To honor AAPI Heritage Month, Bustle has pulled together a list of recent books by AAPI authors. From romance writers like Emery Lee and Sonali Dev, to graphic novelists Aminder Dhaliwal and Lee Lai, to literary powerhouses like Anthony Veasna So and Julie Otsuka, the writers featured here have created a wide range of incredible works — more than enough to keep you reading long after May is over.
Although anti-Asian hate crimes are on the rise in the United States, and have been since the beginning of the pandemic, the underlying phenomenon isn’t a new development: America has a longstanding history of anti-Asian discrimination. Anti-Asian xenophobia — which ranges from the damaging legacies of the Chinese Exclusion Act and the internment of Japanese Americans during World War II, to the history of yellowface and the lack of AAPI representation in Hollywood — remains largely unexplored in American discourse.
Observed each year since the late 1970s, Asian American and Pacific Islander (AAPI) Heritage Month draws attention to the contributions of — and challenges faced by — a diverse group of people who trace their heritage to Bangladesh, Bhutan, Cambodia, China, Fiji, Guam, Hong Kong, India, Indonesia, Japan, Korea, Laos, Malaysia, Nepal, Pakistan, Palau, the Philippines, Samoa, Singapore, Sri Lanka, Taiwan, Thailand, Tonga, Vanuatu, Vietnam, and elsewhere in Southeast Asia and the Pacific.
All of the writers on the list below are members of the Asian and Pacific Islander diaspora; most are American, but as May is also Asian Heritage Month in Canada, Asian Canadian authors are included here as well.
Below, 30 recent books to pick up this AAPI Heritage Month — and all year long.
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1. Ace: What Asexuality Reveals About Desire, Society, and the Meaning of Sex
No, the “A” in LGBTQIA+ doesn’t stand for “Ally.” Asexuality is more openly claimed and celebrated today than ever before. In Ace, Angela Chen examines the contemporary asexual experience in all its myriad forms, and zooms out to analyze our culture’s understanding of sexual attraction.
Published eight months after the author’s untimely death in December 2020, Anthony Veasna So’s Afterparties collects nine stories about Cambodian Americans grappling with substance use disorders, sexual tensions, discrimination, and the ongoing impact of Pol Pot’s regime.
3. Brown Girls
Set in Queens, New York and told in a first-person plural voice, Daphne Palasi Andreades’ Brown Girls weaves its way through the lives of a handful of girls of color from immigrant backgrounds. Part coming-of-age story, part lyrical collection, this book has cemented Andreades’ status as one of the freshest new voices in literary fiction.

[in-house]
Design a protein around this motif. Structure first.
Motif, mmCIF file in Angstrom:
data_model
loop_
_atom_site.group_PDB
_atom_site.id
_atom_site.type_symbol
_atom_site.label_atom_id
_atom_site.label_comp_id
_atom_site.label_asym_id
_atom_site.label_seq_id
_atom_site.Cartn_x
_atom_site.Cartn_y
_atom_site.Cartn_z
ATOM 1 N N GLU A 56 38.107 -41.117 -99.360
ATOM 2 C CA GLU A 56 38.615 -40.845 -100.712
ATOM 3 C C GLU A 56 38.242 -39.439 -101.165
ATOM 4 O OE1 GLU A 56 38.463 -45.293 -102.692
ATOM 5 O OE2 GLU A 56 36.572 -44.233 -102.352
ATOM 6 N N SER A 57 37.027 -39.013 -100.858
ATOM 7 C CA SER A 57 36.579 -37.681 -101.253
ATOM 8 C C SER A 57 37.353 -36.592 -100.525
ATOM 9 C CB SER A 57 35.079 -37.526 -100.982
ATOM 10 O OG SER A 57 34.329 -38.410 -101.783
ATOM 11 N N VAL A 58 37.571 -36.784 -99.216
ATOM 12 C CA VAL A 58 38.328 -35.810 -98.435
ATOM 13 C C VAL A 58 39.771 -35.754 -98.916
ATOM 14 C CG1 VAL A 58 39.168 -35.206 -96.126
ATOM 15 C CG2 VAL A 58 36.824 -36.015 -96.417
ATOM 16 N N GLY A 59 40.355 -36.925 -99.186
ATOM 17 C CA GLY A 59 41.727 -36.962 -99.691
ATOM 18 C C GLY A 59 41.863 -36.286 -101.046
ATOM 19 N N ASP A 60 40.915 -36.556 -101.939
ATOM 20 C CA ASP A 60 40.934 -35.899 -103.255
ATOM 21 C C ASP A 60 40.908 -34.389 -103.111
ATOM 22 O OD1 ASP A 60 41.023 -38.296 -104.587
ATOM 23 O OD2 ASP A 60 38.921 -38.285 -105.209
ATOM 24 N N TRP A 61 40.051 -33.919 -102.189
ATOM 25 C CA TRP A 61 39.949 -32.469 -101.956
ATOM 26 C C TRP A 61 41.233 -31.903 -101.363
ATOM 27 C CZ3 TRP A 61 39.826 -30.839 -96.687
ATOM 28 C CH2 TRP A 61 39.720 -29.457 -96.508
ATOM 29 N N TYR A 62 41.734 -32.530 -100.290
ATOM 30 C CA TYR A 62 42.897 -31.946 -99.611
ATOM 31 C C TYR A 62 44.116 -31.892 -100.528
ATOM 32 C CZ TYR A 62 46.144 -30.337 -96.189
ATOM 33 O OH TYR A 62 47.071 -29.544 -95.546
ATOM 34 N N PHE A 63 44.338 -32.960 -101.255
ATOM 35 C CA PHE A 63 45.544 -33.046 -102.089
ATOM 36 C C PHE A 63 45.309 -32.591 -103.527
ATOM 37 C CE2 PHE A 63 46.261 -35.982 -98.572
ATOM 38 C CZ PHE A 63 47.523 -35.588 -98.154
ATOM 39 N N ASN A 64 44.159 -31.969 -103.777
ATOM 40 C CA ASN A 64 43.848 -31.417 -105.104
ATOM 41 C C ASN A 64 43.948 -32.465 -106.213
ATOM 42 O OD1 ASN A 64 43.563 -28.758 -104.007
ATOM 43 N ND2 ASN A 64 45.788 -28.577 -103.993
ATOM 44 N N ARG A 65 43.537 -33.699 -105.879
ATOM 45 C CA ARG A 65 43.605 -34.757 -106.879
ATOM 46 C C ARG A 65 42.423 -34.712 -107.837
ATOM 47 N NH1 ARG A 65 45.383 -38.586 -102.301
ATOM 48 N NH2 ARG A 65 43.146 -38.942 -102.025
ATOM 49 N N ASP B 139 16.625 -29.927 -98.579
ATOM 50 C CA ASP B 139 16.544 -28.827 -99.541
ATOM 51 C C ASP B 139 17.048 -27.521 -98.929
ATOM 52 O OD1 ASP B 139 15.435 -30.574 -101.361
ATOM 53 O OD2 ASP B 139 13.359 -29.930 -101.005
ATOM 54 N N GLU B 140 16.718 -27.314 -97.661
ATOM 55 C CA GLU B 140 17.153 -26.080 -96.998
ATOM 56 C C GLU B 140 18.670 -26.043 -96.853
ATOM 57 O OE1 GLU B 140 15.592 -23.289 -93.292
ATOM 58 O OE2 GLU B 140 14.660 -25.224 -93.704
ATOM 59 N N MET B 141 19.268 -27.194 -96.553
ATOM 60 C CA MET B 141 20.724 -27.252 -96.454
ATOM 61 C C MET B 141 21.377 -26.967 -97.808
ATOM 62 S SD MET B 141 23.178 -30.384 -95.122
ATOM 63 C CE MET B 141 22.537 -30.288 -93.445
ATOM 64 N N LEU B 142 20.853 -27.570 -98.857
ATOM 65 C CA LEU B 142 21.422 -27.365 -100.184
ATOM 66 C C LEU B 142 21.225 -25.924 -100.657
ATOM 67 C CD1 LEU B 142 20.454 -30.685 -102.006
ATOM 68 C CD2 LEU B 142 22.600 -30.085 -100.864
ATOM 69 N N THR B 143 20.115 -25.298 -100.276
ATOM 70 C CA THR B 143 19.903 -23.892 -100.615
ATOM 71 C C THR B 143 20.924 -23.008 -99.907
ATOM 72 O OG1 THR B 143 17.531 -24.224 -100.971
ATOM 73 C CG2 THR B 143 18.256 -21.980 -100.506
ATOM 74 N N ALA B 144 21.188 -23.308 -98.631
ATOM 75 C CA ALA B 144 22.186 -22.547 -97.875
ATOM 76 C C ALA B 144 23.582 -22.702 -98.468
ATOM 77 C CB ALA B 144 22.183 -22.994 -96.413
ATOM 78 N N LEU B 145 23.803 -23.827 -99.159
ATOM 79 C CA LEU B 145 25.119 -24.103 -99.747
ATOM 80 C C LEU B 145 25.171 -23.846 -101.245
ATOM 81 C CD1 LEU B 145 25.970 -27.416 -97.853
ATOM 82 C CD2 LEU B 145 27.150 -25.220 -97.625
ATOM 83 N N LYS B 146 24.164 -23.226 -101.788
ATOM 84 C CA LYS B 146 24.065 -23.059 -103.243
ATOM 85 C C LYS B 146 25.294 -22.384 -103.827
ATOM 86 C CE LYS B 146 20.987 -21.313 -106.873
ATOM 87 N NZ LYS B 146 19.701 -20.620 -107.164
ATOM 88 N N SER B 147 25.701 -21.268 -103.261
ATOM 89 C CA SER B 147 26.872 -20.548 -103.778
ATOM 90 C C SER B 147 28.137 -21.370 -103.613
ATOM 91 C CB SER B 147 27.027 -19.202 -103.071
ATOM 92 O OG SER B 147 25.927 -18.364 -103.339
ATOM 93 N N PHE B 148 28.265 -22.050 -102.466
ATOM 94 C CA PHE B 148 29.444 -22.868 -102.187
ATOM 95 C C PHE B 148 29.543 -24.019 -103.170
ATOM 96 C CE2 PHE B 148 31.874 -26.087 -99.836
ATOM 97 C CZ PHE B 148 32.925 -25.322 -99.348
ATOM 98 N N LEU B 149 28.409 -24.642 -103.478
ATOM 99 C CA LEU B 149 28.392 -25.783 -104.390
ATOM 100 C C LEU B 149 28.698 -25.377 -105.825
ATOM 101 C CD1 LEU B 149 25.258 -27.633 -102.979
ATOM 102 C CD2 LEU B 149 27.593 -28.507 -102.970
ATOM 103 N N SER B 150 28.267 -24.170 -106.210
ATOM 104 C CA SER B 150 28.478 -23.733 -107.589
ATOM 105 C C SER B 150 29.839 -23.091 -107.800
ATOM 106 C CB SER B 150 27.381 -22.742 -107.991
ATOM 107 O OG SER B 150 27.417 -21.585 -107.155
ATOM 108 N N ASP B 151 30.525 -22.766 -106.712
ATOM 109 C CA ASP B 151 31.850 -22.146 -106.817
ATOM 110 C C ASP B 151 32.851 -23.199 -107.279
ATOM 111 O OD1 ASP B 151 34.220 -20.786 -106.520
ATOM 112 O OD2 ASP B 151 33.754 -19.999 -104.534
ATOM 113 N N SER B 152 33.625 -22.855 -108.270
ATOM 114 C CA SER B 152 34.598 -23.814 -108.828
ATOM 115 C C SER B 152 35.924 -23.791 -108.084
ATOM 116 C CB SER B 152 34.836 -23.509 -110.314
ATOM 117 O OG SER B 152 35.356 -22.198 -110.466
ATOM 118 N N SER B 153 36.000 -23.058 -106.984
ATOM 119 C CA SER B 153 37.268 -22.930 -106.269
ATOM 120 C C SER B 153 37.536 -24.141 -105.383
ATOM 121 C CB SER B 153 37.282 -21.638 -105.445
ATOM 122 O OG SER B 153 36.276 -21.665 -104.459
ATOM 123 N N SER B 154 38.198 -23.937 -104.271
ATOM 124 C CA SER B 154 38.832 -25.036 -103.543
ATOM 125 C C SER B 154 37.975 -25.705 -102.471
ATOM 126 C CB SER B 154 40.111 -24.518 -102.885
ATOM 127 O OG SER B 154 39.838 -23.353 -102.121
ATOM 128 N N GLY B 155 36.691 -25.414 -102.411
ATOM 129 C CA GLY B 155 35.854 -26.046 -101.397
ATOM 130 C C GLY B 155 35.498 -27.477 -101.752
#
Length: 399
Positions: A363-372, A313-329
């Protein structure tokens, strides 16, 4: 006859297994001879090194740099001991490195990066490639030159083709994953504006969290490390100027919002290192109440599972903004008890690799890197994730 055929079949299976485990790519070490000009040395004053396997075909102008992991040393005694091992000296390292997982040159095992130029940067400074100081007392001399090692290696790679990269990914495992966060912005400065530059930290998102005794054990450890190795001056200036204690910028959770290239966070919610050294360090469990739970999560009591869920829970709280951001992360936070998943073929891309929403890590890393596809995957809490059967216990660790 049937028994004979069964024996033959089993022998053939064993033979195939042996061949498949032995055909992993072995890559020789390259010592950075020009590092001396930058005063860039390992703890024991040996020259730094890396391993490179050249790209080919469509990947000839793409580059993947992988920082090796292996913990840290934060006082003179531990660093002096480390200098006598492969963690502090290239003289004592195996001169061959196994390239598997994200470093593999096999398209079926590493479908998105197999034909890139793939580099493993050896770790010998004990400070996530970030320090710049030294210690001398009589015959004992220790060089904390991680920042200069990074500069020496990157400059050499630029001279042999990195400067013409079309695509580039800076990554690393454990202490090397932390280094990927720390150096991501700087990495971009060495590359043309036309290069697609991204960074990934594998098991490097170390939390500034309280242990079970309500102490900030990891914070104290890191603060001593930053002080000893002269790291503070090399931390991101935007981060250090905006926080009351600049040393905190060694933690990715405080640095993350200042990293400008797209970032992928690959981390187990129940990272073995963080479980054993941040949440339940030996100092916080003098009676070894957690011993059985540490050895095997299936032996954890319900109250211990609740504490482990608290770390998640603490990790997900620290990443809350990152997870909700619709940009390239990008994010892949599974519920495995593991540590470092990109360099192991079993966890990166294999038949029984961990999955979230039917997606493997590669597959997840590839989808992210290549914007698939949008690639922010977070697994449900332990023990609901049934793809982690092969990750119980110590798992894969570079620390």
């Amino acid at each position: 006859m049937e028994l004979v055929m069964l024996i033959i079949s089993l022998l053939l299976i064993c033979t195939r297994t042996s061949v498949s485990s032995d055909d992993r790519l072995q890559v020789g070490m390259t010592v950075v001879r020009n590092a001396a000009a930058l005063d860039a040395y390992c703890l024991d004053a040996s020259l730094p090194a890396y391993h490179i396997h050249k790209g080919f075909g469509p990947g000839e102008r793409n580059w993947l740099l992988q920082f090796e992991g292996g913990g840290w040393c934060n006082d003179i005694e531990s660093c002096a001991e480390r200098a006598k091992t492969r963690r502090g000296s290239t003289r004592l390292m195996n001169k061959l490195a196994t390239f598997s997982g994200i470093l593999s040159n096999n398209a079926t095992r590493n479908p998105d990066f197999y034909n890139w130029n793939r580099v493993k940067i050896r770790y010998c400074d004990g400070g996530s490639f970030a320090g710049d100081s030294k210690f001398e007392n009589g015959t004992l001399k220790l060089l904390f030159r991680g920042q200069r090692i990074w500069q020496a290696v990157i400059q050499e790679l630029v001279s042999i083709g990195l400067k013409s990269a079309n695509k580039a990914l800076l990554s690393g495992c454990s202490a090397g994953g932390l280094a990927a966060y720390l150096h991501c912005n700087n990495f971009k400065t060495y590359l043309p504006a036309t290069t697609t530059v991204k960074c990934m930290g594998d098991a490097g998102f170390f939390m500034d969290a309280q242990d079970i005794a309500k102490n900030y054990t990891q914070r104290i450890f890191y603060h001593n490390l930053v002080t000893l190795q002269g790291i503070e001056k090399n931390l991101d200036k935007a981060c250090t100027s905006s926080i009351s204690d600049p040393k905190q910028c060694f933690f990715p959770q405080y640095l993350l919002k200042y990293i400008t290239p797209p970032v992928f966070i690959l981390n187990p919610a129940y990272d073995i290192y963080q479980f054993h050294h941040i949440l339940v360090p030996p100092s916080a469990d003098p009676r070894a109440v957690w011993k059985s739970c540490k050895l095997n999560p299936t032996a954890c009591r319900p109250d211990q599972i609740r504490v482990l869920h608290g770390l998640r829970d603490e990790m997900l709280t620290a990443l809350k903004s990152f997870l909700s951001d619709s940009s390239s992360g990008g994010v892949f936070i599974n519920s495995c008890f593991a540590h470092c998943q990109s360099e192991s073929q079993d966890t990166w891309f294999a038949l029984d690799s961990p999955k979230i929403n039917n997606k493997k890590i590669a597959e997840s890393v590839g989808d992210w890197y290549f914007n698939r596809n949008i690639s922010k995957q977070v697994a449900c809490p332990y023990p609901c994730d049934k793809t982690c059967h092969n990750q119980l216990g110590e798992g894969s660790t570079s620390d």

4. Café con Lychee
In this enemies-to-lovers romance, soccer teammates Theo and Gabi must join forces to save their parents’ restaurants when a fusion café threatens to put them out of business. Gabi, a closeted high-schooler, would rather dance than play soccer, and it shows. Openly gay Theo is fed up with Gabi’s mistakes on the field costing the team dearly. But when Theo’s plan to save his parents’ café is nearly derailed by an injury, he turns to Gabi for help… with some truly sweet results.
5. The Cartographers
In this novel from the author of The Book of M, a young cartographer’s estranged father is found dead with a map — the same, seemingly unimportant map that led to the end of their relationship. Turns out, it’s anything but unimportant, and she’ll have to unravel its mysteries before she runs afoul of her father’s killer.
6. Crying in H Mart
From the creative force behind Japanese Breakfast comes this heartfelt collection of essays. Zauner writes about growing up as one of the only Asian American kids in her Oregon hometown, living on the East Coast and in Seoul, and losing her mother in her 20s.
7. Cyclopedia Exotica
This book from the author of Woman World looks at the everyday lives of a community of cyclopses — punctuated by encounters with their xenophobic neighbors. Occasionally heartbreaking, often funny, and always insightful, Cyclopedia Exotica is a quirky graphic novel that deserves a place on your bookshelf.
8. Edge Case
When her husband unexpectedly leaves in the middle of their campaign to obtain green cards, Edwina, a Malaysian American immigrant, sets out to find him. Her search will take her on a heart-wrenching journey as she sorts through her feelings regarding her marriage, her relationship with her family, and her burgeoning career.
9. The Emma Project
The fourth and final installment in Sonali Dev’s Rajes series is The Emma Project. This time, all eyes are on Vansh Raje, a handsome, clever, and rich bachelor who has never had to struggle a day in his life… until now. Vansh’s new project has just thrown him back into the orbit of his brother’s ex, Naina. The Rajes froze Naina out when she ended her engagement to Yash, but things between her and Vansh are about to heat up in a big way.
10. The Family Chao
When the owner-operator of Fine Chao — the go-to American Chinese restaurant in Haven, Wisconsin — is found dead after a tense family reunion, all signs indicate that one or more of his sons may have killed him. As Dagou, Ming, and James are tried in the court of public opinion, their longstanding feuds with their father, and with the Haven community at large, come to light.
11. Family in Six Tones
In this joint memoir, Monkey Bridge novelist Lan Cao, a Vietnamese immigrant, and her American-born teenage daughter, Harlan, recount their disparate experiences growing up in the United States, exploring how they relate to one another as two different generations of Americans.
12. The Fervor
After tackling the Donner Party in The Hunger and the Titanic in The Deep, Alma Katsu turns her attention to the internment of Japanese Americans in The Fervor. The story follows Meiko and her daughter, Aiko, who struggle to maintain some sense of normalcy after being forced out of their Seattle home and into an Idaho concentration camp. But when a devastating illness that causes uncontrollable aggression sweeps through the camp, Meiko and Aiko find themselves among a handful of prisoners searching for the cause.
13. Fiona and Jane
Jean Chen Ho’s debut is a novel-in-stories that follows lifelong best friends Fiona and Jane. Both Taiwanese American girls growing up in southern California, Fiona and Jane find themselves separated for the first time when Fiona moves to New York… just before Jane’s father unexpectedly passes away.